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It’s just warm enough to dive into the waters around Long Island, but have you ever thought about what’s growing underneath? The Long Island’s bays are fast becoming the next hot spot for seaweed aquaculture and native sugar kelp is becoming the kelp of choice for New York farmers.
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The New York Times wrote a piece last week highlighting some of the incredible kelp farmers in our area who are growing a crop that not only can be eaten as food but helps clean our waters as well. While our end of Long Island may be known for its farms and vineyards, these farmers hope to turn attention to the bounty of our coasts.
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The Shinnecock people here on Long Island have been cultivating seaweed in these waters for generations, and the Shinnecock Kelp Farmers – an Indigenous women-run collective – is keeping the tradition alive. A recent article about their work in the Sierra Club magazine points to the impact that this type of aquaculture could have in fighting climate change: “Seaweed cultivation holds promise as a new front in the fight against climate change. Kelp absorbs chemicals—nitrogen, phosphorus, and carbon dioxide—that harm other marine life and fuel algae blooms. Beyond the ecosystem benefits of simply growing kelp, it can be harvested as a source of food and fertilizer.”
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🍷 Save the Date: July Walk & Wine

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Save the date for Walk and Wine, an evening hosted by Slow Food East End on July 12th at Bridge Gardens. From 5-7 pm enjoy a guided tour of the gardens with garden director Rick Bogusch, along the way you’ll taste a curated collection of wine from Salt Bird Cellars while you learn more about the history and plantings of the naturalized gardens.
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Guests are welcome to wander, taste, and mingle. Stay tuned for how to purchase tickets. All proceeds will benefit Slow Food East End Feed the Forks initiatives which includes developing school and neighborhood gardens, promoting educational activities, combating food insecurity with grassroots efforts like Flour Power, and ongoing efforts to address climate change.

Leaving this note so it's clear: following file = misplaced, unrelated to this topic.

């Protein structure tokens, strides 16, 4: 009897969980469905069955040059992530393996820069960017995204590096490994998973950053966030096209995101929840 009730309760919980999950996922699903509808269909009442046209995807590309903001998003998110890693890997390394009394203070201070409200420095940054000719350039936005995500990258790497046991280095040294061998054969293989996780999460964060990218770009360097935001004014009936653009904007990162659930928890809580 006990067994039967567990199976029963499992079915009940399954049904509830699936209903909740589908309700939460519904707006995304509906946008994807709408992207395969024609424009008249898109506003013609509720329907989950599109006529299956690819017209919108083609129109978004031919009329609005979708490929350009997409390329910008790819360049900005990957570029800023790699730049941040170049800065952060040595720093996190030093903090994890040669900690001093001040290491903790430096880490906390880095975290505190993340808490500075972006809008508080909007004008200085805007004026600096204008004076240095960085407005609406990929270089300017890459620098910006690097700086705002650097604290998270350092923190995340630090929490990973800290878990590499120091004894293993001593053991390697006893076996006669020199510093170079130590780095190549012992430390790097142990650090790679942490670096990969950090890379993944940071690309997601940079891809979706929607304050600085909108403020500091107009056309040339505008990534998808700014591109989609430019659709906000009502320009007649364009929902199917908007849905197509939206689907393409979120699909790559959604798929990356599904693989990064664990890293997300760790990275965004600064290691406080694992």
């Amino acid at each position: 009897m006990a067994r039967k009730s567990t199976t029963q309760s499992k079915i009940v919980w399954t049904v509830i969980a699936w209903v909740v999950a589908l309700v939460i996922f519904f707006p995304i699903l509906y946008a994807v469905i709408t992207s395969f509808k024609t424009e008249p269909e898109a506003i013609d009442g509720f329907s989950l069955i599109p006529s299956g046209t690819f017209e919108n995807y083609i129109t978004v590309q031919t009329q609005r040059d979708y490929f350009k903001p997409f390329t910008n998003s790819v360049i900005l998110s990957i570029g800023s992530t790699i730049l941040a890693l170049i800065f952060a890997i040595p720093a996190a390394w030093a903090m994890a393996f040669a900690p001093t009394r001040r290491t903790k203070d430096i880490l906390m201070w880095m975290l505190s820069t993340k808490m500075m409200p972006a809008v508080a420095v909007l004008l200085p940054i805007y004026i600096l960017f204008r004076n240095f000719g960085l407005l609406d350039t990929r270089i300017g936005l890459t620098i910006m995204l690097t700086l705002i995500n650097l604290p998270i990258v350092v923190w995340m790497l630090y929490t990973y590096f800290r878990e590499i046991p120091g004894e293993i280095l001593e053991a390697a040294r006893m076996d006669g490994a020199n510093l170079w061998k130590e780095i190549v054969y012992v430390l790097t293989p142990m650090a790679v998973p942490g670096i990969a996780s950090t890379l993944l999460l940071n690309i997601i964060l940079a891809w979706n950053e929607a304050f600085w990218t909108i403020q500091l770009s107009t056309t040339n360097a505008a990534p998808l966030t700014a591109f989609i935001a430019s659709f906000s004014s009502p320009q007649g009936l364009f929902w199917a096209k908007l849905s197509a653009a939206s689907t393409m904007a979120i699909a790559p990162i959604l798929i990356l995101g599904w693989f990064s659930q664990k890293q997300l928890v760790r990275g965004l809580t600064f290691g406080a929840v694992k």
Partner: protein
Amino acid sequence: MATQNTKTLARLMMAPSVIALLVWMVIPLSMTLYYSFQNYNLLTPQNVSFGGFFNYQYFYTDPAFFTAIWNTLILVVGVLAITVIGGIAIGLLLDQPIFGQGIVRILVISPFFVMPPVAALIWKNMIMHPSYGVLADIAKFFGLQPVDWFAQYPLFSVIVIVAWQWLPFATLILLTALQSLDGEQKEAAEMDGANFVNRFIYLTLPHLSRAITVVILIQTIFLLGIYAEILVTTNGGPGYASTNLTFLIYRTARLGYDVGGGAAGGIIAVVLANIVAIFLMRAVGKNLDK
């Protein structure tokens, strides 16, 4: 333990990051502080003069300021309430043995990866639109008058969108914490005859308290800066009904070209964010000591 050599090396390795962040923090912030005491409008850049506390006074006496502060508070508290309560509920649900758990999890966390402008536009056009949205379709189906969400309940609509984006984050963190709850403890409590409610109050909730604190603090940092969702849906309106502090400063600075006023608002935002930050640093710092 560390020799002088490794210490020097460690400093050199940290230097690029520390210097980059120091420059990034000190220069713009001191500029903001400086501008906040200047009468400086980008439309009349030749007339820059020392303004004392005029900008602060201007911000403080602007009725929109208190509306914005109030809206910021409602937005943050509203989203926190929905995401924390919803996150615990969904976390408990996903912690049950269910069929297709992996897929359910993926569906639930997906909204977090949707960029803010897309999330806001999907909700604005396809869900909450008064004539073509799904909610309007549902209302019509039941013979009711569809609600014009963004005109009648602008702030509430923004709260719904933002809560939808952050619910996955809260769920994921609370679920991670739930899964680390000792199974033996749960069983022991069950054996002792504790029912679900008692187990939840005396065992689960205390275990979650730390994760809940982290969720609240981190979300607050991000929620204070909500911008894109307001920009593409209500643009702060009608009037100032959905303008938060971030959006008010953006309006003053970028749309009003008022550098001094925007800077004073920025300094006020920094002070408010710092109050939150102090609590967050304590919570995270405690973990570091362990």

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The rain date is July 13.
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📚 What We’re Reading

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On the topic of kelp farming: Learn about the basics of aquaculture and the ins-and-outs of the AQUAA Act from SFUSA Policy Coordinator, Eryn Kelly.
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And another bounty of our waters – oysters! Long Island native and food writer, Alicia Kennedy, interviews D.C. Chef Rob Rubba who defines sustainability in his restaurant as local vegetarian food (plus oysters).
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In some parts of the world, they’re staples. In others, they’re specialty items, rarely seen outside a martini. Whetstone Journal examines the olive’s rise to popularity and what its place in the supermarket means.
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This new cookbook offers a guide to Juneteenth—and black celebration culture.
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🍞 Bake bread with us!

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Do you want to try your hand at baking homemade bread, and give back to your community?
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Everyone is welcome to join our Flour Power program, whether you’re a seasoned baker or want to try your hand at it for the first time.
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Join in the fun and give back to our community every other Monday.
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Click here to learn more and register for the next baking cycle on Monday, June 20. Plus, check out our Facebook group for bakers.
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🐌 News from the Slow Food network

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Do you have your guide to Slow Wine for 2022?
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Slow Wine Guide USA is the nation’s only eco-curated guide to the wines of California, New York, Oregon and Washington. Thanks to the team of 15+ expert wine writers, it selects eco-friendly wineries, reviews only wines that are farmed without synthetic herbicides, and is updated annually. Special categories help readers quickly find everyday wines, Top wines or Slow Wines (which are wines that honor heritage practices) and wineries awarded with Snail, coin and bottle accolades.
Slow Food Live presents:
Meating the Future
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What’s the Slow Food take on our growing spectrum of “meats”? Join an expert panel of nutritionists, activists and scientists who will explore plant and cell-based alternatives to farmed meat from several perspectives, including taste, nutrition, cultural significance, human and environmental health, animal welfare, and producer and eater equity.
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AAQ / Resource: Bruce Nagel + Partners Architects

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